Although Mickey Mouse remains the company's figurehead, Walt Disney is, in many ways, the studio that fairy tales built. From 1937's Snow White and the Seven Dwarfs to 2010's Tangled, Disney's legacy has largely been defined by its adaptations of these classic folk tales, which for generations of kids, have become the definitive versions of the exploits of Snow White, Cinderella, Sleeping Beauty and the Little Mermaid. The studio's in-house animation company Pixar, on the other hand, has largely prided itself on creating original stories usually in contemporary settings; look through their feature filmography and you won't find a single adaptation in the bunch. So the company's latest offering Brave is an interesting hybrid of Pixar and Disney's respective specialties. The makers behind this film are attempting nothing less than inventing an entirely new fairy tale, one that employs some of the genre's familiar tropes and characters in service of a wholly original narrative. They don't completely succeed, but it's exciting to watch them try.
In addition to being Pixar's first fairy tale, Brave is also the company's first female-led feature (something that seems long overdue) and, for their central heroine, they've seized upon an iconic type in folklore: the princess. This particular princess is Merida (voiced by Kelly Macdonald) whose spirit is as fiery as her flaming red hair. She's the eldest child and only daughter of King Fergus (Billy Connolly) and Queen Elinor (Emma Thompson), the rulers of a mythical medieval kingdom located in a remote, but picturesque spot of the Scottish Highlands. Despite her mother's attempts to transform her daughter into the model of royal feminine perfection, Merida prefers such rough and tumble activities as scaling towering cliffs and hitting targets with her trusty bow and arrow. Her rebellious ways have serious ramifications when she hijacks a tournament during which suitors from other noble families compete for her hand and ends up defeating all comers. The noblemen are understandably shocked, but their fury pales in comparison to Elinor, who gives Merida a talking-to that ends with the girl fleeing the castle into the woods, where she has a magical encounter that radically transforms her relationship with her mother.
Brave's trailers have deliberately been coy about revealing what this bit of magic entails and I won't give the surprise away here. Suffice to say, it hearkens back to one of the most potent and primal themes in fairy tales: that a child's parents -- the people who are meant to love and protect them -- instead reveal a capacity to do them great harm. (The plot twist certainly impacted my five-year-old son; he was entirely unnerved by what happens to Merida and Elinor and spent much of the middle section of the movie looking anywhere but the screen. Demonstrating his own bravery, though, he didn't want to leave the theater, staying in his seat all the way until the end. So fair warning to parents of younger children: you may have to do some literal hand-holding during several sequences.) The movie's title ultimately refers less to Merida's courage in the face of physical danger than in the way she challenges herself to put aside her own desires to confront her responsibilities. Meanwhile, Elinor demonstrates her valor by trusting her daughter to be herself and do what's right. By the end of Brave, the ultimate test of bravery becomes the ability tell someone you love them and mean it with every fiber of your being.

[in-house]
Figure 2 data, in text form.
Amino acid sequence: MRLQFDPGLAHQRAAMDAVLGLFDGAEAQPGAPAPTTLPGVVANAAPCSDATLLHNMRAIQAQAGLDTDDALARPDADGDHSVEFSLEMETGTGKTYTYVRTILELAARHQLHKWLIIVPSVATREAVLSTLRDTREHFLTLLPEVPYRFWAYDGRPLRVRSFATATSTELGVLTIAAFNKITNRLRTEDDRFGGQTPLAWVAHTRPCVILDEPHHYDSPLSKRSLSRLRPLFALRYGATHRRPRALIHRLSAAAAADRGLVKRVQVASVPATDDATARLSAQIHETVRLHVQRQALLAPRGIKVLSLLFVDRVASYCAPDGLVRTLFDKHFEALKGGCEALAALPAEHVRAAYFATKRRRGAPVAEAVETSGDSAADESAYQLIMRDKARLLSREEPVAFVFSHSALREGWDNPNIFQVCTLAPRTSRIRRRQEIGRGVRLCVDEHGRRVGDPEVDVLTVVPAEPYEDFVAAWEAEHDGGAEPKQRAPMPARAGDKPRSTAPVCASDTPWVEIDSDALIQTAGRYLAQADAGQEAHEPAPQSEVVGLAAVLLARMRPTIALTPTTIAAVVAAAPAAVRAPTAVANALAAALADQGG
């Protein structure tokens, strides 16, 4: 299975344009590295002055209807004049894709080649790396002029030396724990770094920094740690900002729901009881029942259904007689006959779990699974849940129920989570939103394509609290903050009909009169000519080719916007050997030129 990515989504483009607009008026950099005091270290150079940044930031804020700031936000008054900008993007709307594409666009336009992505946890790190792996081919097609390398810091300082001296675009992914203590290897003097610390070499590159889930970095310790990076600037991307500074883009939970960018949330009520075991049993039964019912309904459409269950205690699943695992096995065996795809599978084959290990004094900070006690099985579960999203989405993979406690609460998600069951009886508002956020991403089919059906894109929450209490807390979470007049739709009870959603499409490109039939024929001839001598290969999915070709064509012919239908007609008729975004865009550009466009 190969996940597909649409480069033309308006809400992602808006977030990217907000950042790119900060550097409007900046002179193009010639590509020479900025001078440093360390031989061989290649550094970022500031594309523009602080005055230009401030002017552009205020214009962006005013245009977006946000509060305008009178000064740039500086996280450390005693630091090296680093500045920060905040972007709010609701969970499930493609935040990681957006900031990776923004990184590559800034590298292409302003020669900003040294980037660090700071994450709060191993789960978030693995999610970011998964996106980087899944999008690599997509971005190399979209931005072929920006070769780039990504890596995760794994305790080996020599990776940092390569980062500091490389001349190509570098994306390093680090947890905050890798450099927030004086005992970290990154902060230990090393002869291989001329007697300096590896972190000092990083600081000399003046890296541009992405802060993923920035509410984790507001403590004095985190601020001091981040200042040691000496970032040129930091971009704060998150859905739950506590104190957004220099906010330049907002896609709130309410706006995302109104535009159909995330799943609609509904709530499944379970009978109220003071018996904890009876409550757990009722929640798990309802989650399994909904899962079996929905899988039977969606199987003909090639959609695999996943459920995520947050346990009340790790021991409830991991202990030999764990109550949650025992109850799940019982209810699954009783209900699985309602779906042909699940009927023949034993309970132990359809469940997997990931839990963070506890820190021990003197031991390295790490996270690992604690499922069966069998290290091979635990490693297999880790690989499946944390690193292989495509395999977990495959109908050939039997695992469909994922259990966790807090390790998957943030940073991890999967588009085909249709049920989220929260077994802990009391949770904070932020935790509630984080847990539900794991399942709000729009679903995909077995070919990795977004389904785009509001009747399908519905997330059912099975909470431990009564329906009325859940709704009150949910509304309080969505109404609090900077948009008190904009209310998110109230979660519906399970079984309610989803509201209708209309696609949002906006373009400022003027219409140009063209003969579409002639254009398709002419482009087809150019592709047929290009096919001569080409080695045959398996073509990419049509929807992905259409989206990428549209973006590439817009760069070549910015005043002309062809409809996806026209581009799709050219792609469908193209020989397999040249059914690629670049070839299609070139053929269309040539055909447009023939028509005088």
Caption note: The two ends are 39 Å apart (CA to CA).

From a purely technical standpoint, Brave is another impressive production from the current masters of mainstream computer animation in America. The characters and backgrounds are rendered in beautiful detail and the animators have done a nice job building a world that feels both realistic and magical. (Avoid the 3D version at all costs, though; while past Pixar efforts have played just fine in 3D, this one is often too dark and murky, particularly in the forest sequences. This could have been due to a projection issue at the screening I attended, but don't take the risk.) The script -- which is credited to four writers including the film's original director Brenda Chapman -- is also a model of efficient storytelling from a studio that deservedly prides itself at its innate understanding of narrative structure. Movies like Brave indicate precisely why Pixar is a giant in its industry, beyond its business partnership with Disney.
And yet, when judged against Pixar's absurdly high standards, Brave doesn't fully measure up to the studio's best work. The movie has been carefully constructed to a fault; what's missing amidst the lovely animation and classical storytelling are strong, memorable personalities, not to mention a sense of spontaneity. When you think of movies like Finding Nemo, Wall-E, Up and, of course, the Toy Story series, what springs to mind first are the characters and the way their particular temperaments clash, thus spinning the movie off in fun and often surprising directions. Despite the twist at its center, the characters in Brave are mostly playing out a familiar drama in familiar ways. And while it's refreshing that Pixar avoids following the current fairy tale playbook of spinning a self-aware yarn that openly comments on the genre (a la movies like Shrek or a show like Grimm), the film cries out for an added dimension that would make it something truly unique instead of a pretty good variation on stories that have endured for centuries. Brave has plenty of brio -- what it lacks is the daring to fully venture into unexplored territory.
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